The highlight of video play was just recently discovered by me: with the somewhat imagination lacking name mplayer comes a fine LINUX player, which combines superior speed and efficiency with flawless playing of even damaged video files of all kinds of MPEG, AVI and proprietary M$ shitware codecs at the moment, the there also available codec zip file is rather up to date and complete. It offers also hotkeys while playing (you have no control panel at now), and you can switch at every time to fullscreen mode and back. Indeed I could play a number of video files with it easily and flawlessly, which aren't displayed by avifile. Go and get it! (don't forget to get the above mentioned SDL library and the codecs zip file too, of course) --- It contains a CD and DVD player interface too...

Quicktime/Sorenson on Linux

As mentioned above and elsewhere, Apple revised the Linux/UNIX hostile licensing politics regarding Quicktime player and Sorenson codec. The Linux company Codeweavers, contributors to the wine project, offer now version 1.01 of the so-called
crossover plugin for all usual browsers on Linux, explicitly including support not only for Netscape 4.7x, but also Mozilla (and therefore Netscape 6 too), Opera and even Konqueror. A somewhat useful, but very annoying shaped demonstration version can be downloaded, and to get rid of these frequently displayed disturber messages you have to pay 20 US $. If you're interested, I propose to skip the demonstration version and to go straight for the pay version, which will spare you another 8 MB download --- unless you have a high bandwidth connection to the Internet available. I've tested it with the mentioned browsers: Netscape 4.7x, Mozilla 0.96 and Opera 6.0TP 1 and 2 (remark regarding Konqueror: after all I have read and tried, Konqueror is still not really useful for true, heavy Internet usage: it launches slower, than the dynamically linked Opera, both using the same qt library on KDE, as I could witness on the computer of my father, running a fairly recent Linux version, and lacks a lot of special features and standard compliant support of several widespread web constructions, unlike the browsers presented on my overview page). In all browsers it worked nearly flawless (sometimes you may need a reload to activate it in Opera) and surprisingly fast with the Quicktime plugin, with a performance comparable to MPlayer, so far a comparison makes any sense. Technically speaking, it uses wine and other contributions as well as the widespread Netscape plugin API, to make it work on Linux; useful are the two elsewhere mentioned plugins, which are not yet available as native Linux solutions: QuickTime and Macromedias Shockwave Director (opposed to the Flashplayer plugin, which is offered for Linux, Solaris and IRIX already since autumn 1998). While I have downloaded the director plugin, I have not tested it yet --- it's not so widespread in use. But tests with the Quicktime plugin were very successful, as stated above. Of course this works even with old Quicktime videos, so far I know with all available, and you can even stream MPEG 1 clips with it. The latter can be done with plugger anyway, you know, or played directly with MPlayer, mpeg_play or others, of course. The also included standalone Quicktime player isn't useful in my view: slow and unstable, it is much better, to load a clip within a browser with the plugin, then to watch it seperately. Just copy the npwine*.so objects into the browsers plugin directory (which is, what is virtually done by Codeweavers plugin setup tool), then it should work either during running the browser already (Mozilla) or at least after restarting it. --- The other highly proprietary plugins suggested there are such, you can easily do without. Just download such proprietary format documents --- if at all! --- and view them with Suns StarOffice or AbiWord after finishing...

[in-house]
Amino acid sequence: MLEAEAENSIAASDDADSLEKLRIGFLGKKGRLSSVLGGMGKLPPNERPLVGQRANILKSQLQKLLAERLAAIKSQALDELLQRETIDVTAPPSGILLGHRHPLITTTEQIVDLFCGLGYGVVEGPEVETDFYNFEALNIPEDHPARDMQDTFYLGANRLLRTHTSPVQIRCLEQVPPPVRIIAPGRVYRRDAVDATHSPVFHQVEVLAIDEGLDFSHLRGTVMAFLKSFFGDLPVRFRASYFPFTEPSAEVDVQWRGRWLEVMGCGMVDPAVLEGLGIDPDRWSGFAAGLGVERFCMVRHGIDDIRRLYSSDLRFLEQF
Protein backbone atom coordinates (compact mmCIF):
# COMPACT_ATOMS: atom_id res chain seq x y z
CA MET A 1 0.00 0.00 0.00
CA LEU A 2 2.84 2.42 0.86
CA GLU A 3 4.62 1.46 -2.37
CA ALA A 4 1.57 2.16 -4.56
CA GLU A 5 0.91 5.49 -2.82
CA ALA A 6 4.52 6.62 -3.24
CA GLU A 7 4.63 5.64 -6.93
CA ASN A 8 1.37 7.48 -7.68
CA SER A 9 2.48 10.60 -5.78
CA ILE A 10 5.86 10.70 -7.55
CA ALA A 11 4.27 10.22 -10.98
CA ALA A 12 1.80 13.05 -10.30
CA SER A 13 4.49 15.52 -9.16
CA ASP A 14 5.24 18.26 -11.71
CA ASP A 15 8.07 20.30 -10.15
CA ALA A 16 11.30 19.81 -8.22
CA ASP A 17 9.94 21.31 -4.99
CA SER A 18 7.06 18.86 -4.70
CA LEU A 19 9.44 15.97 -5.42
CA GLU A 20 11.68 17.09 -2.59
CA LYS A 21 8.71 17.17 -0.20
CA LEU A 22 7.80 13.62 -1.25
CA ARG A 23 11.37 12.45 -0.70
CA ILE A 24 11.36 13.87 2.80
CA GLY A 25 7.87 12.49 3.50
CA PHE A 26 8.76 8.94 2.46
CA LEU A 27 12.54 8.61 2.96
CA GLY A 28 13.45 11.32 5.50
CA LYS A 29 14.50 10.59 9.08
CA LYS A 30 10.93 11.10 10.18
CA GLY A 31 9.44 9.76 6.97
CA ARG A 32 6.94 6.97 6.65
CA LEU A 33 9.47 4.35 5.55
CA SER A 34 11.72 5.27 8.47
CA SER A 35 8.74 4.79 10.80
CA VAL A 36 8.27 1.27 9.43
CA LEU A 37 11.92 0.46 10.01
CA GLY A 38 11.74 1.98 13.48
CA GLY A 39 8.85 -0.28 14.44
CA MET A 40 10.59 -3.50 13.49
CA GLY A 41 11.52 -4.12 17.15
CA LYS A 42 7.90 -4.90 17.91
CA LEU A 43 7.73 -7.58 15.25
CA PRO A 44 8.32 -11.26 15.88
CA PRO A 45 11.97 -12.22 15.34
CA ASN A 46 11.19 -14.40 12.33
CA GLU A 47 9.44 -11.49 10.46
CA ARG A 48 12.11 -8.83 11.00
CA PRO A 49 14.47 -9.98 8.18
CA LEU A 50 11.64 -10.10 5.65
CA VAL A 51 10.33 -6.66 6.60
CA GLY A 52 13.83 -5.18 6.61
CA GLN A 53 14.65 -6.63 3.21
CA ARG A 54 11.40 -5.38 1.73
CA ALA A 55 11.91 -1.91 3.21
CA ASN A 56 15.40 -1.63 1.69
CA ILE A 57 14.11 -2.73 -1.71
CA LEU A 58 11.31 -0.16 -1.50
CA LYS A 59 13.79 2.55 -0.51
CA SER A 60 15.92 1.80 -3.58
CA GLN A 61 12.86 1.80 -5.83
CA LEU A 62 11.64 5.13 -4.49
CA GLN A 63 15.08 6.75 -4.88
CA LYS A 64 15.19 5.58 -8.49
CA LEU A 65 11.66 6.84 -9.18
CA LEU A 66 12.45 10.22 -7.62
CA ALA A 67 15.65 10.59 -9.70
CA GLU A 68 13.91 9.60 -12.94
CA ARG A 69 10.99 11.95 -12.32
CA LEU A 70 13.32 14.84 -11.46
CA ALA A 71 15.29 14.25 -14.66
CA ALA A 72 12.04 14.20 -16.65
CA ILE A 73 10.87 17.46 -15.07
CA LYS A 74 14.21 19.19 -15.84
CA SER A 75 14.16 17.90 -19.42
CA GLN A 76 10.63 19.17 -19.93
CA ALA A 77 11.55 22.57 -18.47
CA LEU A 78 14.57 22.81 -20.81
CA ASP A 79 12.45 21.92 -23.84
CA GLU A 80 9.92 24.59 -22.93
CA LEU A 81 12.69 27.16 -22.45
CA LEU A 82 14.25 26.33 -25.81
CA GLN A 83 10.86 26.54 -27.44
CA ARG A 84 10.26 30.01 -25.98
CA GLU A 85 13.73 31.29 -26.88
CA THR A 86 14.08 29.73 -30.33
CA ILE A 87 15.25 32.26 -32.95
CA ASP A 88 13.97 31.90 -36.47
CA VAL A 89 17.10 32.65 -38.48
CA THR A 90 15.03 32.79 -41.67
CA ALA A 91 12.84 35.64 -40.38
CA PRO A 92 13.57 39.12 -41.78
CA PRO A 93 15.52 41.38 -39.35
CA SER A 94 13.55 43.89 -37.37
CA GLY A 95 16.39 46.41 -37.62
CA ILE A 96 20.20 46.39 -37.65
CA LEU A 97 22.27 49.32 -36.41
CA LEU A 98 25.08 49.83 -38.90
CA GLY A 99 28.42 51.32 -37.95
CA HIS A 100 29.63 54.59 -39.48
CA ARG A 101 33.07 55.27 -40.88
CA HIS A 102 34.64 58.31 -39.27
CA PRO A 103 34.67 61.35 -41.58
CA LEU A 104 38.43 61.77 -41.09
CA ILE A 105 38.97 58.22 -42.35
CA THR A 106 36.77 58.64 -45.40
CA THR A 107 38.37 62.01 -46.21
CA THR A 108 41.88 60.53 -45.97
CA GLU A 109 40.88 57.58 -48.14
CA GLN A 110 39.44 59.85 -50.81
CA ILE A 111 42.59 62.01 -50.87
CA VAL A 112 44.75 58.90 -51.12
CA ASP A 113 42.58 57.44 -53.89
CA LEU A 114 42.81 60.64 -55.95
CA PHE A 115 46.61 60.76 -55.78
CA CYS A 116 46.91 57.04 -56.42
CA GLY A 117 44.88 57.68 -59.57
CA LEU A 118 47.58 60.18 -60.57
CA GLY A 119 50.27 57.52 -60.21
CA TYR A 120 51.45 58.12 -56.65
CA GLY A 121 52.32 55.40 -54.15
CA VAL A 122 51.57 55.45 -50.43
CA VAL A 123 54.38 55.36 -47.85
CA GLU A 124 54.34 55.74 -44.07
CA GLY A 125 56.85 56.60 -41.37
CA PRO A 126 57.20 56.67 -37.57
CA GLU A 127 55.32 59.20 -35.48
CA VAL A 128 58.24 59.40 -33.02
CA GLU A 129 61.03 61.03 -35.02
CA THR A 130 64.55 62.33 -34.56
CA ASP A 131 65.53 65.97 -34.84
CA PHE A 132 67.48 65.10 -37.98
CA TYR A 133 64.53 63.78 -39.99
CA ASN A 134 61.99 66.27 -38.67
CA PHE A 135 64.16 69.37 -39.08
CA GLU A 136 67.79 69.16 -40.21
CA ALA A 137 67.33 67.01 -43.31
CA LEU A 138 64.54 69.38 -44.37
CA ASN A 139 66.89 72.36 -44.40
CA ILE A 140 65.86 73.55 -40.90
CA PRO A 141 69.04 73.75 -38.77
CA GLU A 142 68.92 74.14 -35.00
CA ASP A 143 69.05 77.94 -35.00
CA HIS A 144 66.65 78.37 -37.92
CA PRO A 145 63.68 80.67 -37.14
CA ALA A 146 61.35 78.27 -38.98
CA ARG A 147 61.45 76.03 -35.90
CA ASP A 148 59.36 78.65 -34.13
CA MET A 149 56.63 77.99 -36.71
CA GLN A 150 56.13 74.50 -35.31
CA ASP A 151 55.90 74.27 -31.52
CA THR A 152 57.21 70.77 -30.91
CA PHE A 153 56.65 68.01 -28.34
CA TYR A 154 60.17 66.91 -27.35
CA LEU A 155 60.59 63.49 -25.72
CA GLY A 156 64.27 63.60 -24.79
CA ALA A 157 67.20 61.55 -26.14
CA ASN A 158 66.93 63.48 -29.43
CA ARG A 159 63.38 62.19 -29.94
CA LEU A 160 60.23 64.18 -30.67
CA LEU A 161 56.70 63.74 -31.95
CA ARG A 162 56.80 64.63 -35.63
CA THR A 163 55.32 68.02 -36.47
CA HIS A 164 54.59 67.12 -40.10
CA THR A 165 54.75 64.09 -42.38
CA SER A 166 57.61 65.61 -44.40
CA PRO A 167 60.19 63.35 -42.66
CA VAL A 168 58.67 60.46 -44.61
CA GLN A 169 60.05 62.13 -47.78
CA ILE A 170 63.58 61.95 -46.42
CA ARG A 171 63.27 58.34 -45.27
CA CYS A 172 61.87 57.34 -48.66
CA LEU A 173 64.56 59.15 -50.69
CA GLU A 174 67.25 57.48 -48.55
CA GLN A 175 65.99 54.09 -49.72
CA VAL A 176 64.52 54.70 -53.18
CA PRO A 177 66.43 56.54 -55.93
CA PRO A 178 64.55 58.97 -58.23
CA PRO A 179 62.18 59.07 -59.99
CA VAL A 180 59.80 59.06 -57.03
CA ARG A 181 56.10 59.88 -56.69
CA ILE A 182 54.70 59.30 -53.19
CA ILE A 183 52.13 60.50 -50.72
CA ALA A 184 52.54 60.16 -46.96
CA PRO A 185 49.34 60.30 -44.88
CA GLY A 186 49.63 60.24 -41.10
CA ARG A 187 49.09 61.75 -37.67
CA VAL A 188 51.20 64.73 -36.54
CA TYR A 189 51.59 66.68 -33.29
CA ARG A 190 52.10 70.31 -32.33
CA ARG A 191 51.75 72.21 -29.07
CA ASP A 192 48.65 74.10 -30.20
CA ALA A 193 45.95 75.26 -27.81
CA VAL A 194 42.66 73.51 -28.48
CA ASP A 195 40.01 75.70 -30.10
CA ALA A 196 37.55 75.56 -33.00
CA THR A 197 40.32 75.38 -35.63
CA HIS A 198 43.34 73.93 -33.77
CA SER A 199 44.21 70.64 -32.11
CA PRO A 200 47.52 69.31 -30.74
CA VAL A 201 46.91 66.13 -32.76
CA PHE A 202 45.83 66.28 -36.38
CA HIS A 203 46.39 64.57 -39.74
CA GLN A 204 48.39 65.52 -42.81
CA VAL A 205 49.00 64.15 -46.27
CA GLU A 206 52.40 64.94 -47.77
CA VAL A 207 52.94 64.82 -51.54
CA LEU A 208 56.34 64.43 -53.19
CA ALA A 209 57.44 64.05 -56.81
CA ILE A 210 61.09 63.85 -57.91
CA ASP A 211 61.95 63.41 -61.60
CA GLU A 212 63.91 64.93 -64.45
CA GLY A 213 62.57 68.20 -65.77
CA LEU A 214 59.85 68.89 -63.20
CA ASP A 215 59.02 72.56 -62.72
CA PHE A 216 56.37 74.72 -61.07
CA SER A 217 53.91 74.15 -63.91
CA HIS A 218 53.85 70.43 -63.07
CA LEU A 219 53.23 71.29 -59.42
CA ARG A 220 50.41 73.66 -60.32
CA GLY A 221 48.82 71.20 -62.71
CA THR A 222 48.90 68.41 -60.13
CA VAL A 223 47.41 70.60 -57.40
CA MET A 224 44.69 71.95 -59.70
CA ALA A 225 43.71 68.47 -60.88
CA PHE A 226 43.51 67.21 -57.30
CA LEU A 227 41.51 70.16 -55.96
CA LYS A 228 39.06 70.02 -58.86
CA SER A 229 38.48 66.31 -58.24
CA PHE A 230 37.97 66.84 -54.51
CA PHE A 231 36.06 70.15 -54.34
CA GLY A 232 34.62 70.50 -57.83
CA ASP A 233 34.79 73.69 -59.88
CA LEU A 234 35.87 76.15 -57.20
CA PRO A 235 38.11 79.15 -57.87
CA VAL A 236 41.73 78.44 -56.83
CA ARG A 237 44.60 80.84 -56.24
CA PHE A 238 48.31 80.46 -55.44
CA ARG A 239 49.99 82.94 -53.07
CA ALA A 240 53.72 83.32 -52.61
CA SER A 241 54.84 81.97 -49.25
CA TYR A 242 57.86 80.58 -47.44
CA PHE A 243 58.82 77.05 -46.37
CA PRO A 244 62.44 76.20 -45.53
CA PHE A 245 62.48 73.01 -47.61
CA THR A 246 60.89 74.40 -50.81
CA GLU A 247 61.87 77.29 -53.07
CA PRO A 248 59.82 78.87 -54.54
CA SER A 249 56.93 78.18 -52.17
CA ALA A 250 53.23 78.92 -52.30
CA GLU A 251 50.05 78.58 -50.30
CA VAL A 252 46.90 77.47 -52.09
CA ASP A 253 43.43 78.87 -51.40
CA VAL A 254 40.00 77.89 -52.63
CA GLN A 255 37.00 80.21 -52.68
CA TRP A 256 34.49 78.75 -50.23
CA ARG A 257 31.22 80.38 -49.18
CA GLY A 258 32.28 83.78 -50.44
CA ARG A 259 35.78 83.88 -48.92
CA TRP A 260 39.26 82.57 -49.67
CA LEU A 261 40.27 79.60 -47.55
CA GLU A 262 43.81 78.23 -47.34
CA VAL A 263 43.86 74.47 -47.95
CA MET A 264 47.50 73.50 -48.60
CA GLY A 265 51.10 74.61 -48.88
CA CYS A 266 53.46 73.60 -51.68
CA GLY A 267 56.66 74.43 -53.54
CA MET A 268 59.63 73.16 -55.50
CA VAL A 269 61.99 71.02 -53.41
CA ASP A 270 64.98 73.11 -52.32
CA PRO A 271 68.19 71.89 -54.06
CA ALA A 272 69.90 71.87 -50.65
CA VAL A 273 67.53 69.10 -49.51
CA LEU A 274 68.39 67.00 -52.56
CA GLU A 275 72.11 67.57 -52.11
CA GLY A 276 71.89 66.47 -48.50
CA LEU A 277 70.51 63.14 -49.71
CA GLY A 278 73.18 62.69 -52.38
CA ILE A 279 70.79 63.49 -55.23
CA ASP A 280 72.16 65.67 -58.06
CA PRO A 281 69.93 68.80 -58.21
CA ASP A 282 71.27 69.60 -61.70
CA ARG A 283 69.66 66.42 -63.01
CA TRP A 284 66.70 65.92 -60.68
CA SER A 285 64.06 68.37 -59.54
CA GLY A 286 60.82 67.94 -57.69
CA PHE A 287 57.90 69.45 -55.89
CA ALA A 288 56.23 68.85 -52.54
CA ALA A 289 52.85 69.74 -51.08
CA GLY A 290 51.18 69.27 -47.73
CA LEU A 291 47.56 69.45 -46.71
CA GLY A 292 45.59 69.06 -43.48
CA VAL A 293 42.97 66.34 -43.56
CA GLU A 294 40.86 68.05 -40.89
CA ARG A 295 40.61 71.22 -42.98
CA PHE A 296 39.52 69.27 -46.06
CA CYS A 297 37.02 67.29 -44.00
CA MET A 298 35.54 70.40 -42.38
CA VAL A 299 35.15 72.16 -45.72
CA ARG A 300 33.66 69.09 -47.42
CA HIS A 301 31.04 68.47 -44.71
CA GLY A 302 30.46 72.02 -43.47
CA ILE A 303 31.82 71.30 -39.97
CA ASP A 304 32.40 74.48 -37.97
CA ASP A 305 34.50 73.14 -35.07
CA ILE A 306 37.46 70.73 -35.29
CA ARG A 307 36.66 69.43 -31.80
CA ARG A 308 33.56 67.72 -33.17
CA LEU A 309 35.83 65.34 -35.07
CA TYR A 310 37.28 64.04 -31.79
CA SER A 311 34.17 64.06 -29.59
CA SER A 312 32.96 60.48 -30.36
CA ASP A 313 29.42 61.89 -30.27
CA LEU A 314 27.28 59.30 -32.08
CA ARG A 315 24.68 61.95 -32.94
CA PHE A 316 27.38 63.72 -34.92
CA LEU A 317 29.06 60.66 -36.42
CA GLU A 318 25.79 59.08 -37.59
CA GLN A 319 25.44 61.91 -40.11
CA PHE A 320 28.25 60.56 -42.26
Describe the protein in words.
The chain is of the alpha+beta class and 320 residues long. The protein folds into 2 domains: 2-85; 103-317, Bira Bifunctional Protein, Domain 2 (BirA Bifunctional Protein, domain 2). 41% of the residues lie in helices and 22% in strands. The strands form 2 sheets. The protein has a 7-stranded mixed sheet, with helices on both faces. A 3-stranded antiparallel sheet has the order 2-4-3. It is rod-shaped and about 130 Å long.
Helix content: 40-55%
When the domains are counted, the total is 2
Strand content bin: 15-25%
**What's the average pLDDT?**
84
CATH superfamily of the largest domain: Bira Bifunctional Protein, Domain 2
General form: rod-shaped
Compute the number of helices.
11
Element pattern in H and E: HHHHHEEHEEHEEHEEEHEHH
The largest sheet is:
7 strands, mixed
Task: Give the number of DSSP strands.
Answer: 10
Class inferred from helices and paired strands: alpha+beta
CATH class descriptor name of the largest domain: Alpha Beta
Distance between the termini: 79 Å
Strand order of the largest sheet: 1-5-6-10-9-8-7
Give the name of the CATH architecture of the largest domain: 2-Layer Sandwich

DVD players

Another topic, which causes trouble for free OS and software: the CSS decoding is technically available, but it's distribution and usage are still illegal (therefore I will not set a link to such a formally "illegal" site, despite I'm sure, that the true criminals, getting money by playing another information monopoly, in this regard are elsewhere, on another side). Therefore you can legally only play unencoded video DVDs on LINUX. Another general drawback is the even higher needed CPU and graphics power than with above mentioned AVI/MPEG clips, and finally not every hardware works correctly or/and is supported yet --- yet very inmature all this stuff is.

The highest demand is created by the DVD media, which are relatively new playable on LINUX: there are two players, supporting some graphic adapters better than others:

Under xine you can get a simple MPEG-1 and -2 player with video CD and video DVD playing capability. With XFree 4 it works better then with XFree 3.36; but you will make your own experiences...

The alternative can be found under LiVid team site. This pure DVD player requires a 2.4 Kernel or a relatively new 2.2 Kernel with some extra patches; and only Matrox G200/G400 or ATI-Rage-Pro hardware gives you really high performance. But it's also in an early stage of development, and so you can expect big improvements in near future.